It examines the way in which European administrators and educators distinguished religion from secular science and yet promoted vernacular languages and cultures while tolerating the private, not governmental teaching of Arabic and Islamic knowledge. The Europeans generally saw the teaching of Islam and Arabic as medieval with memorisation and indoctrination in contrast to what they deemed modern science and education. Colonial politics of inclusion and exclusion played a role of the tension between Islamic religious knowledge and modern science. Despite the ambivalences and tensions, European colonial and Muslim educators led to the secularisation of education in the Indonesian-Malay world.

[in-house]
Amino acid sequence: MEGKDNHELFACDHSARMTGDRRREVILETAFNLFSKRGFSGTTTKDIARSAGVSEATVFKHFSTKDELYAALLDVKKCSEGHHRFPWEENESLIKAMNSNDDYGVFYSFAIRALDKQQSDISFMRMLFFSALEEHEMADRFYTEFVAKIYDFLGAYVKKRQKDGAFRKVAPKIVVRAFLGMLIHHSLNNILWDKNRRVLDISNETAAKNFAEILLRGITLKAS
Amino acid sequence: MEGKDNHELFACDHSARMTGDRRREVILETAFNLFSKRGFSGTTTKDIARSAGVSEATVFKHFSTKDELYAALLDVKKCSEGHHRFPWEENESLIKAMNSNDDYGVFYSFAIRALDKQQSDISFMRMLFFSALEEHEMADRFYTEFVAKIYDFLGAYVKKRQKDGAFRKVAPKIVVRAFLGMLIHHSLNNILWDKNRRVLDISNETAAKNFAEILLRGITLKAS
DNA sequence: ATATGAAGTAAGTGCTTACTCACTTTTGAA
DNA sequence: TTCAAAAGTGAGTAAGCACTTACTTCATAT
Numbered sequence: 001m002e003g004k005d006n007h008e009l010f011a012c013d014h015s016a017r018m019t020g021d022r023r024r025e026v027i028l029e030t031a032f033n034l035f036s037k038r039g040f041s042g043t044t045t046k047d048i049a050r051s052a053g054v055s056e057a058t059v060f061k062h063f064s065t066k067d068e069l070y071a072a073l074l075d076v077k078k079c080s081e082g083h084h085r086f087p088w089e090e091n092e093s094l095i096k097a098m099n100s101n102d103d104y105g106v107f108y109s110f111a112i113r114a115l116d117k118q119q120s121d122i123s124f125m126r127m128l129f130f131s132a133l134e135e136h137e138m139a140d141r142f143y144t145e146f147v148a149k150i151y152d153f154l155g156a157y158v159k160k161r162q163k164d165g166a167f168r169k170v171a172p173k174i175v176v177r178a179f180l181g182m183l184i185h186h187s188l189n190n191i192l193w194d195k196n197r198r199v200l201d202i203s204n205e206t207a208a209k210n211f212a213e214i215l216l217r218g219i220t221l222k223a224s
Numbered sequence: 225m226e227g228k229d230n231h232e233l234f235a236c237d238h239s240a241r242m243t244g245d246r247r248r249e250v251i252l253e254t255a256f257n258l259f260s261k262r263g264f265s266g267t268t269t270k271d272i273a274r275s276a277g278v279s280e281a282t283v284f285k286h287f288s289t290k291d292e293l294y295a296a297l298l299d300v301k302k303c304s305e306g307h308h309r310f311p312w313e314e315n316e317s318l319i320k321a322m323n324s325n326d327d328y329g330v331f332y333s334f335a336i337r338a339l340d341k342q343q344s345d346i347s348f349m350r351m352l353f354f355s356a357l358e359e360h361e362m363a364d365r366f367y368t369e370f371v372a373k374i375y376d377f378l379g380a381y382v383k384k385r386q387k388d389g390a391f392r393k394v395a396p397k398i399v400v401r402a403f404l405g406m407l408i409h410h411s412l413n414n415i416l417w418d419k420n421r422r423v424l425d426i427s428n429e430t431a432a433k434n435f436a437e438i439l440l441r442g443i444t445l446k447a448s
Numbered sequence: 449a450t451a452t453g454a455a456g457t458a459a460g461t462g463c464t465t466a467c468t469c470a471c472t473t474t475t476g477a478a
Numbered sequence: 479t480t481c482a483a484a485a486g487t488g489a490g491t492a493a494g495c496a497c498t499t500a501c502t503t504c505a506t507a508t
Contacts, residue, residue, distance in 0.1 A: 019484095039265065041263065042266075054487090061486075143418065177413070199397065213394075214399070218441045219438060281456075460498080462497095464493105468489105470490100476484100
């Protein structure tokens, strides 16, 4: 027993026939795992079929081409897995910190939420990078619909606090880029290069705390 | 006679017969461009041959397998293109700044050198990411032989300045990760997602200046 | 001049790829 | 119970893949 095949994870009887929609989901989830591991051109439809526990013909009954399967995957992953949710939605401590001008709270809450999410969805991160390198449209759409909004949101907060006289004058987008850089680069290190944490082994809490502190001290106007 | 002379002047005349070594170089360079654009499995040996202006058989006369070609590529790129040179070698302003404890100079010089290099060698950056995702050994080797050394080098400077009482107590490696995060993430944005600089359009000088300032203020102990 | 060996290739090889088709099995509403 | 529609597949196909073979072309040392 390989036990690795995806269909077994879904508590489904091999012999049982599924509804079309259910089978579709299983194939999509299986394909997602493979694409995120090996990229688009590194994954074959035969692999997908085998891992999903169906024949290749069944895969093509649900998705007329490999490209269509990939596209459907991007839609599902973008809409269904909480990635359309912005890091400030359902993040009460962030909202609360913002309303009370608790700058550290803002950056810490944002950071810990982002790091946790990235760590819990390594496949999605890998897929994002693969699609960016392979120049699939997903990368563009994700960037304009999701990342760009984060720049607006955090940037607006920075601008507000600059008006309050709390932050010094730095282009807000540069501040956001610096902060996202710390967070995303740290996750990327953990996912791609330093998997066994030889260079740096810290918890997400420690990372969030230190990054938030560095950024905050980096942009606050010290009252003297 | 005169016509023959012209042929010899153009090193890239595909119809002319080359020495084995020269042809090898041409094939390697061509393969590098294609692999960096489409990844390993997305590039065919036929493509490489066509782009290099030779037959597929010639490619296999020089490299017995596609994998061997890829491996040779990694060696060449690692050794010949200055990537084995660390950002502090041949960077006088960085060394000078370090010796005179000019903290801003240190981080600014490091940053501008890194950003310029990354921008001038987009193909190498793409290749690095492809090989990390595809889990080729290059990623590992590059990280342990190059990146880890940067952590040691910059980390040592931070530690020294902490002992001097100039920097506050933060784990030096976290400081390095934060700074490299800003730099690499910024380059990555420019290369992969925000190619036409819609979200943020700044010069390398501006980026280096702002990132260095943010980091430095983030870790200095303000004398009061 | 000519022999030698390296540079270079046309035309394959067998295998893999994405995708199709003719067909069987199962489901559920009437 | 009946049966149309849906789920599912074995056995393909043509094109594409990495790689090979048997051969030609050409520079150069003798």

University Press Scholarship Online requires a subscription or purchase to access the full text of books within the service. Public users can however freely search the site and view the abstracts and keywords for each book and chapter.
If you think you should have access to this title, please contact your librarian.
To troubleshoot, please check our FAQs, and if you can't find the answer there, please contact us .